Throughout the course I put much emphasis on the conceptual meaning and interpretation of the models rather than on their 'mechanics' (i.e., the mathematical background). Practically this means that we shall devote quite some time to understanding what such models reveal about 'life' (i.e., the process investigated) and particularly to understanding and interpreting interactions. In fact, I consider it an important component of the course to try teaching how models and 'life' are linked, i.e., how one can put hypotheses and questions about life into models and what these then can (and cannot) reveal about it.
The course is mainly centred around a null-hypothesis significance testing framework, largely because this still is the by far most frequently used approach. However, if time allows I shall also explain the concept of information theory based inference (and we might also practically apply it). Furthermore, the models themselves, i.e., how they are set up with regard to, for instance, interactions, fixed and random effects, random slopes, error and link function, their meaning, interpretation (and limitations), are unaffected by the philosophy used to draw statistical inference.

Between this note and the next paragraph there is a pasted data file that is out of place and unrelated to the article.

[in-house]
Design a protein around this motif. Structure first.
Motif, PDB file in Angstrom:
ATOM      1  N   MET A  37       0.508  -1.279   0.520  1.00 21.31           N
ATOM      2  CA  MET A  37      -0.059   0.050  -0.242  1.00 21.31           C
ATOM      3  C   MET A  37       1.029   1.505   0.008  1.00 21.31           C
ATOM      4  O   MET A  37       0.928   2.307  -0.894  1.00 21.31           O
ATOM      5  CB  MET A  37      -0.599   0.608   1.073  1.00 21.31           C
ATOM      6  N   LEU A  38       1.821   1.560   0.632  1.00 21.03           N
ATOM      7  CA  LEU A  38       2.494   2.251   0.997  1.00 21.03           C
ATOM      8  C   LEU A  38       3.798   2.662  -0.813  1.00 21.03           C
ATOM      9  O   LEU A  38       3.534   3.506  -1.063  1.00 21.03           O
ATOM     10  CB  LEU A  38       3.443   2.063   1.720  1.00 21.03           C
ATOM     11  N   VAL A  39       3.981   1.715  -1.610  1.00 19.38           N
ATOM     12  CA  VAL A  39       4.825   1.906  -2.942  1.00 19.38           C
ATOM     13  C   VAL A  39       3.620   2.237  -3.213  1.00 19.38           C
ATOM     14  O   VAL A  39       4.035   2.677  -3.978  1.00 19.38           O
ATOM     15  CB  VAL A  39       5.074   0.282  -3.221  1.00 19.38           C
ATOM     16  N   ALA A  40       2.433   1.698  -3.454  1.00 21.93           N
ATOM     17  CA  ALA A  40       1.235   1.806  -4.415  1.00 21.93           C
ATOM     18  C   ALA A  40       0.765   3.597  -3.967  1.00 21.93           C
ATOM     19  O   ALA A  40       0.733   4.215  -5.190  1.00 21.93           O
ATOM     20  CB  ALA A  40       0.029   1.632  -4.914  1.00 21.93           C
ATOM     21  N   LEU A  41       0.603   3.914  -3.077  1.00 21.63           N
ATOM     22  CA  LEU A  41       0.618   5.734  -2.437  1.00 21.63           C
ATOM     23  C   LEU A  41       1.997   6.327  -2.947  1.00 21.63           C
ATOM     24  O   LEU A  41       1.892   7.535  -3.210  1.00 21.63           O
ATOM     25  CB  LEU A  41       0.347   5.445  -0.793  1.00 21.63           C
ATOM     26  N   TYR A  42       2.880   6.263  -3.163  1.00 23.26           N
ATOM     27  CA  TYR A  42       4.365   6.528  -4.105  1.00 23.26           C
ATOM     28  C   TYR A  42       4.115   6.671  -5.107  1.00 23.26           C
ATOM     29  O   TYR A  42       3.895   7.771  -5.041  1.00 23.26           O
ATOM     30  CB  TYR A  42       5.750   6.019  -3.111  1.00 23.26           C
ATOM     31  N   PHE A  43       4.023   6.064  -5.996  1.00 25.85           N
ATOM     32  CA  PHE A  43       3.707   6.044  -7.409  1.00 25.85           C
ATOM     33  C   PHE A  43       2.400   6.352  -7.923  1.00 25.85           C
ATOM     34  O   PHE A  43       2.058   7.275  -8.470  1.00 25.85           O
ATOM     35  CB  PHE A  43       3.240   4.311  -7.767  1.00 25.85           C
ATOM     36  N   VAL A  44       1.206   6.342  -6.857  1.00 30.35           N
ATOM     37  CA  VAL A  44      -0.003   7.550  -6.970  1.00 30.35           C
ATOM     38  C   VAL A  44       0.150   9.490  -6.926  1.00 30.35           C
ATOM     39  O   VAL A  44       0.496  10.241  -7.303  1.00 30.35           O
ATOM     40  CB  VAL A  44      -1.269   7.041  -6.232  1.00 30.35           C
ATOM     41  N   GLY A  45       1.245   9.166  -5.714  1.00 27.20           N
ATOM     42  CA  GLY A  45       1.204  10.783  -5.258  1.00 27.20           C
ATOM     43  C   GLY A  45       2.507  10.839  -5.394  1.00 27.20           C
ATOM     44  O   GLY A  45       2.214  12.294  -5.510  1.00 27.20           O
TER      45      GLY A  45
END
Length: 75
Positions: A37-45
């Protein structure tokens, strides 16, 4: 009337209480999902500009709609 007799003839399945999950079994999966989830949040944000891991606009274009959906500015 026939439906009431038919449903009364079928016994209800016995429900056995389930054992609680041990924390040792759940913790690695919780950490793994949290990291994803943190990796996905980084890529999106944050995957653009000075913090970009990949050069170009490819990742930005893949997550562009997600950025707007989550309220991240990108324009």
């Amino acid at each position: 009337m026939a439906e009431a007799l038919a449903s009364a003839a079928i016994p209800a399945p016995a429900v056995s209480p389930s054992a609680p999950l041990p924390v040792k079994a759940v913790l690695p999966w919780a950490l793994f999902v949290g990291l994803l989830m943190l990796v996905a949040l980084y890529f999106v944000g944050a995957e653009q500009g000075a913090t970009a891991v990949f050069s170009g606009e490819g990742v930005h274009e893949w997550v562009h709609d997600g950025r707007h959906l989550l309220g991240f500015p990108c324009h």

STRUCTURE: The course consists of roughly (regularly interspersed) 50% theory and 50% practical applications during which we shall work ourselves through various models. As part of that, participants will also learn how to plot the results of the models treated and how to describe them in the methods and results sections of a paper. Finally, I put much emphasis on assumptions and model diagnostics and how to evaluate them.